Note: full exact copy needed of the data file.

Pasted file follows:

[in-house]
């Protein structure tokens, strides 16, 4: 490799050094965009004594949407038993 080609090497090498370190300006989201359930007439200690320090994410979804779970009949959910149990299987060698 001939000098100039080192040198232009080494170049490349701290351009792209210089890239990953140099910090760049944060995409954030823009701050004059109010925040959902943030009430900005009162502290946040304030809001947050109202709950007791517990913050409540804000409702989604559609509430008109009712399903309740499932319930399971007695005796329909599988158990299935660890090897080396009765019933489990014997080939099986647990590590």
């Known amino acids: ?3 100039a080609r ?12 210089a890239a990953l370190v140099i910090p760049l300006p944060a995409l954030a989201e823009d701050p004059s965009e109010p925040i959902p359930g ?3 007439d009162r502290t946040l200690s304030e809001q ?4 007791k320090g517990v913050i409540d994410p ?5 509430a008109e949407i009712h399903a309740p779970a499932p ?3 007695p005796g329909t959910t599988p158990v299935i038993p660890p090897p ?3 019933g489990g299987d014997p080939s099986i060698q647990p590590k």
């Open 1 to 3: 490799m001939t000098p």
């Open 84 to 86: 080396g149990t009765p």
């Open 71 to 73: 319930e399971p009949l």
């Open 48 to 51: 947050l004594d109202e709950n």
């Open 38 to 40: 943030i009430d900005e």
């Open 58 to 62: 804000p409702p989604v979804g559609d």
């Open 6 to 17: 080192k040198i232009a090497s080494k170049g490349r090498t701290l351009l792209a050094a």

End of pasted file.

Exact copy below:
[in-house]
């Protein structure tokens, strides 16, 4: 490799050094965009004594949407038993 080609090497090498370190300006989201359930007439200690320090994410979804779970009949959910149990299987060698 001939000098100039080192040198232009080494170049490349701290351009792209210089890239990953140099910090760049944060995409954030823009701050004059109010925040959902943030009430900005009162502290946040304030809001947050109202709950007791517990913050409540804000409702989604559609509430008109009712399903309740499932319930399971007695005796329909599988158990299935660890090897080396009765019933489990014997080939099986647990590590």
């Known amino acids: ?3 100039a080609r ?12 210089a890239a990953l370190v140099i910090p760049l300006p944060a995409l954030a989201e823009d701050p004059s965009e109010p925040i959902p359930g ?3 007439d009162r502290t946040l200690s304030e809001q ?4 007791k320090g517990v913050i409540d994410p ?5 509430a008109e949407i009712h399903a309740p779970a499932p ?3 007695p005796g329909t959910t599988p158990v299935i038993p660890p090897p ?3 019933g489990g299987d014997p080939s099986i060698q647990p590590k």
């Open 1 to 3: 490799m001939t000098p």
């Open 84 to 86: 080396g149990t009765p």
């Open 71 to 73: 319930e399971p009949l």
């Open 48 to 51: 947050l004594d109202e709950n």
């Open 38 to 40: 943030i009430d900005e």
């Open 58 to 62: 804000p409702p989604v979804g559609d």
């Open 6 to 17: 080192k040198i232009a090497s080494k170049g490349r090498t701290l351009l792209a050094a």